“I also congratulate Shaikh Mohammed bin Rashid on the accolades that the Dubai International Airport has recently got. It is recognised as one of the largest worldwide, handling more than 70 million passengers.”

Speaking on the role of women in the UAE, General Shaikh Mohammed pointed out that the UAE has always valued the contribution of women. “They are very skilled, and represent more than 50 per cent of the population. I believe that the UAE is really using this wealth and I appreciate the efforts of the women of the UAE. In our flagship aeronautical-focused manufacturing industry, more than 83 per cent of the work-force is women.”

He said the UAE has grown and succeeded steadily since its formation in a volatile geographical environment. “The leadership of the UAE is committed to providing a safe and secure homeland to citizens and residents alike, and is proud of the humanitarian steps and contributions by the government, families and individuals.”

He stressed that no expenses towards nation-building and human development would be in vain, and said that it was the duty of the government to reciprocate the nationalist fervor that citizens and residents displayed at various critical junctures. He said that more than 90,000 UAE citizens volunteered for military duty when Kuwait was invaded. “Scores of young Emiratis have completed their military service even though they were exempt. Traders and businessmen have gone beyond the consideration of profit to provide the government with material at the time of need.”

“Our community and society are unified, and we hope that this will always remain so. These values, ethics and principles exist in all our homes, and are what sets us apart. With this spirit, our future will always be successful,” he said.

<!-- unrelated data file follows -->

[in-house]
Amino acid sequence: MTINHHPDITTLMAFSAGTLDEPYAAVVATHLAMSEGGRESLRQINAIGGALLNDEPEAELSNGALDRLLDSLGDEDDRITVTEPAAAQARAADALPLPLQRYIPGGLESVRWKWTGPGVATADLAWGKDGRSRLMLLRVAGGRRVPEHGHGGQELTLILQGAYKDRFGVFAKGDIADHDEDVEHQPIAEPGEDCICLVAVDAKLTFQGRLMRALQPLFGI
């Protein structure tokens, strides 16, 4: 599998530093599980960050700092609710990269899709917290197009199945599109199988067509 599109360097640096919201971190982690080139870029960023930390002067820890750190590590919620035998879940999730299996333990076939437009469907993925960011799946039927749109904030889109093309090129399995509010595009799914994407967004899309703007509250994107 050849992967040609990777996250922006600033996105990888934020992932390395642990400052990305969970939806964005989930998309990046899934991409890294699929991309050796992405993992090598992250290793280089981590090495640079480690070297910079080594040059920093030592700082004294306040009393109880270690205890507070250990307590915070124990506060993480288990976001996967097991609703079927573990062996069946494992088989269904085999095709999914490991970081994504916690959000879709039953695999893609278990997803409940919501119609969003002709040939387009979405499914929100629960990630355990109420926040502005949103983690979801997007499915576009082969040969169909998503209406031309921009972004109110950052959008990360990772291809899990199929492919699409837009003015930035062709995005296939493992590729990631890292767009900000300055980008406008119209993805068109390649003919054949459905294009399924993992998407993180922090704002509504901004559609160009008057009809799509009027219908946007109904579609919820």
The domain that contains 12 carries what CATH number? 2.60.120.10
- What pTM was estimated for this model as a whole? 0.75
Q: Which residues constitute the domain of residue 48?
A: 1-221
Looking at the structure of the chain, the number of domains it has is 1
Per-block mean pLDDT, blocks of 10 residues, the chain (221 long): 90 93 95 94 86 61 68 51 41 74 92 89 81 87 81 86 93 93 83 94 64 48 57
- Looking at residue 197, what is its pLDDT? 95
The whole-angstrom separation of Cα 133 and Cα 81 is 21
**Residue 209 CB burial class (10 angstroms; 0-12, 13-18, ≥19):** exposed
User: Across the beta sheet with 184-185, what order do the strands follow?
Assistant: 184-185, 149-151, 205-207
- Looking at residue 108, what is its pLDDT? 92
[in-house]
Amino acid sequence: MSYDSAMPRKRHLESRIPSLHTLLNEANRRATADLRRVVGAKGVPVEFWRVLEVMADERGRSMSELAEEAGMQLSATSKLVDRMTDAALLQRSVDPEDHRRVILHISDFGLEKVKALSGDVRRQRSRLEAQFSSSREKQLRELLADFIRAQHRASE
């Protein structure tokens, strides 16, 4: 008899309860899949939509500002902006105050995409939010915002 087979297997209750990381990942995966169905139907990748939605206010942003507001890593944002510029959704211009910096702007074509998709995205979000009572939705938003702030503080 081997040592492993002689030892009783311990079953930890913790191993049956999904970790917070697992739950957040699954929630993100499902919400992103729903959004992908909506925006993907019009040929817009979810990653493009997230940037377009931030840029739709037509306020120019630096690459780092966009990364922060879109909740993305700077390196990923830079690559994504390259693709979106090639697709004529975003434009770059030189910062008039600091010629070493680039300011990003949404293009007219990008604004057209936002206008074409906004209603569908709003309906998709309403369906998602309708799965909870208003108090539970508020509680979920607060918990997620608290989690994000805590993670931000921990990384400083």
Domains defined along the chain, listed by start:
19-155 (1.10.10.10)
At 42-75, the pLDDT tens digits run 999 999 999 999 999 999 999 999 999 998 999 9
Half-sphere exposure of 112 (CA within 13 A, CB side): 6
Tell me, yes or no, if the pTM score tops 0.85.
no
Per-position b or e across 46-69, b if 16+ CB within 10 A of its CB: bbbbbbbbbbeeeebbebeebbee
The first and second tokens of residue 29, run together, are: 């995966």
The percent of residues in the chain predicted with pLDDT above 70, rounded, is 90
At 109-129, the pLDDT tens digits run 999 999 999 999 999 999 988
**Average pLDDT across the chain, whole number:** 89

General Shaikh Mohammed said ties with Saudi Arabia were strong and the UAE would support the efforts of King Salman bin Abdulaziz, the Custodian of the Holy Mosques, who is an experienced and able leader.

Another summit speaker, South Korean Deputy Prime Minister Hwang Woo-yea — who simultaneously serves as Minister of Education — also highlighted the importance his country is placing in human development, and spoke of a shift towards “character education” based on traditional values, courtesy and respect. Hwang said that the educational shift is designed to “prepare a new generation that recognises the importance of compassion and cooperation”.

Later in the day, Wired Magazine Executive Director Kevin Kelly noted that as increasingly tech savvy and developed societies around the world move towards peer-to-peer networks where information flows more freely, governments must work hard to keep pace.

“Since the invention of the light bulb a century ago, we have added electricity to nearly every aspect of our lives,” he said. “Our next step will be to add connectivity and intelligence in the same way.”

“Governments of the future must be as fluid and dynamic as the society they oversee has become.” -news@khaleejtimes.com